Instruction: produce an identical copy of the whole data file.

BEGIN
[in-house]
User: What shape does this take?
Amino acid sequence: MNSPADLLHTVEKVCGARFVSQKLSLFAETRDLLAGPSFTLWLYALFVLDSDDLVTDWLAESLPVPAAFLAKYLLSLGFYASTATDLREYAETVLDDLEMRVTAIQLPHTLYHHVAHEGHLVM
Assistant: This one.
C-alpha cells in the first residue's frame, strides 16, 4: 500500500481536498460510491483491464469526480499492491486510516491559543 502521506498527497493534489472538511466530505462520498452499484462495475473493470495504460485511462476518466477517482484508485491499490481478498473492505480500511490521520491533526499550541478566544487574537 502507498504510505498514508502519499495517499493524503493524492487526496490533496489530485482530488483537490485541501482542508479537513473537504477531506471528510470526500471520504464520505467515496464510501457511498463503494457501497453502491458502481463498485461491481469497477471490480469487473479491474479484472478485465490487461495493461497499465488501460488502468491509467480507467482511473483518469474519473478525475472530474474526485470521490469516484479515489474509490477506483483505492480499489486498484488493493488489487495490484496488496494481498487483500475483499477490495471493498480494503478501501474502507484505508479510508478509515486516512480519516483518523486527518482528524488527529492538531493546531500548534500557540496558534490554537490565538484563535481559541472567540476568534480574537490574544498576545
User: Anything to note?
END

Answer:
[in-house]
User: What shape does this take?
Amino acid sequence: MNSPADLLHTVEKVCGARFVSQKLSLFAETRDLLAGPSFTLWLYALFVLDSDDLVTDWLAESLPVPAAFLAKYLLSLGFYASTATDLREYAETVLDDLEMRVTAIQLPHTLYHHVAHEGHLVM
Assistant: This one.
C-alpha cells in the first residue's frame, strides 16, 4: 500500500481536498460510491483491464469526480499492491486510516491559543 502521506498527497493534489472538511466530505462520498452499484462495475473493470495504460485511462476518466477517482484508485491499490481478498473492505480500511490521520491533526499550541478566544487574537 502507498504510505498514508502519499495517499493524503493524492487526496490533496489530485482530488483537490485541501482542508479537513473537504477531506471528510470526500471520504464520505467515496464510501457511498463503494457501497453502491458502481463498485461491481469497477471490480469487473479491474479484472478485465490487461495493461497499465488501460488502468491509467480507467482511473483518469474519473478525475472530474474526485470521490469516484479515489474509490477506483483505492480499489486498484488493493488489487495490484496488496494481498487483500475483499477490495471493498480494503478501501474502507484505508479510508478509515486516512480519516483518523486527518482528524488527529492538531493546531500548534500557540496558534490554537490565538484563535481559541472567540476568534480574537490574544498576545
User: Anything to note?